NIIAG leadership is inclusive and respectful of all NIIAG members. This allows for necessary input and dialogue about pressing issues for the group to achieve common ground among its members wherever possible and leads to a stronger voice in NIIAG communication with members of Congress and the presidential administration.
Many voluntary sector pioneers, who I had good fortune to work amidst in the 70s, 80s and beyond, have passed away. Their memories are a blessing. I learned a lot from their wisdom, and they continue to fuel my passion to help assure a robust voluntary sector and democracy. Knowing about the visions, values, and contributions of these pioneers is important as a part of informing our future.
At the same time, we need to heed the voices, dreams, and realities of younger generations, as well as the voices of diverse, historically underrepresented and geographically dispersed people who are weighing-in and who we are compelled to honor and hear. NIIAG has a role to play in bringing to reality both the ideals of learning from history and embracing the experience and insight of emergent, urgent voices.
IS: Collaboration is so important in nonprofit coalition work, especially when we’re focused on civic infrastructure. How has your work supported this?
PB: Much of the advocacy and activism in which I am co-engaged is around volunteerism, service-learning and community engagement policy. Today volunteer-driven movements, including youth-led movements, abound and are working intensely. Volunteers not initially affiliated with nonprofit organizations often ultimately begin to connect with nonprofits or form new nonprofits themselves for ongoing sustainability of efforts around the causes they champion. And, volunteers and service-learning students who are within nonprofits need resources and what else goes along with their ability to both lead and serve.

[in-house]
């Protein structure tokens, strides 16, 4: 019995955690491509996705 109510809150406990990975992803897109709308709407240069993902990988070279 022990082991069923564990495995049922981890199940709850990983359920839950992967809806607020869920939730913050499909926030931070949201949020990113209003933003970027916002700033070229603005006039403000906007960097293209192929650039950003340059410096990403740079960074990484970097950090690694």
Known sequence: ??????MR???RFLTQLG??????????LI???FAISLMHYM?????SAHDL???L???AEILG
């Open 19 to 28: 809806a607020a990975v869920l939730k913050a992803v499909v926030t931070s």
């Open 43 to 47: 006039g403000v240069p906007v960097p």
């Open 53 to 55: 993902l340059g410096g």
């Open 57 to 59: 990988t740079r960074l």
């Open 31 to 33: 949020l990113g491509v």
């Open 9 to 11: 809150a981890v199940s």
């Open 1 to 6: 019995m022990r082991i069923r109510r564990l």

Resources need to go directly into nonprofits served by volunteers with flexibility for organizations to adapt the use of dollars received for volunteer- and organization-defined needs that may not be universal to other organizations or initiatives. We are called to work collaboratively to assure the necessary infrastructure is in place to support the resurging or changing characteristics and dynamics of volunteerism. This work will help us overcome many injustices that are so visible today and to achieve a more just and equitable society.
IS: Thanks for speaking with us. Is there anything else you’d like to share?
PB: It has been and continues to be a great honor to have both a direct and “airplane” view of what the voluntary sector contributes to our quality and way of life across America. Our current environment creates an opportunity and responsibility to refine the nonprofit sector and how it works with people who are impassioned to be a part of it to improve their communities.
As climate is deteriorating, people are seeking quality jobs, adequate child care has been lacking, digital infrastructure for many is missing and we are striving to move out of the consequences of the pandemic, this is a time to lift up the voices and services of the champions who are energetically working to make this a better world for ourselves and generations to come. They are needed in many capacities as the sector morphs into even greater relevance for the circumstances of our times and the times yet to come. We must work together to build upon what a thriving democracy has to offer. Our future depends on it.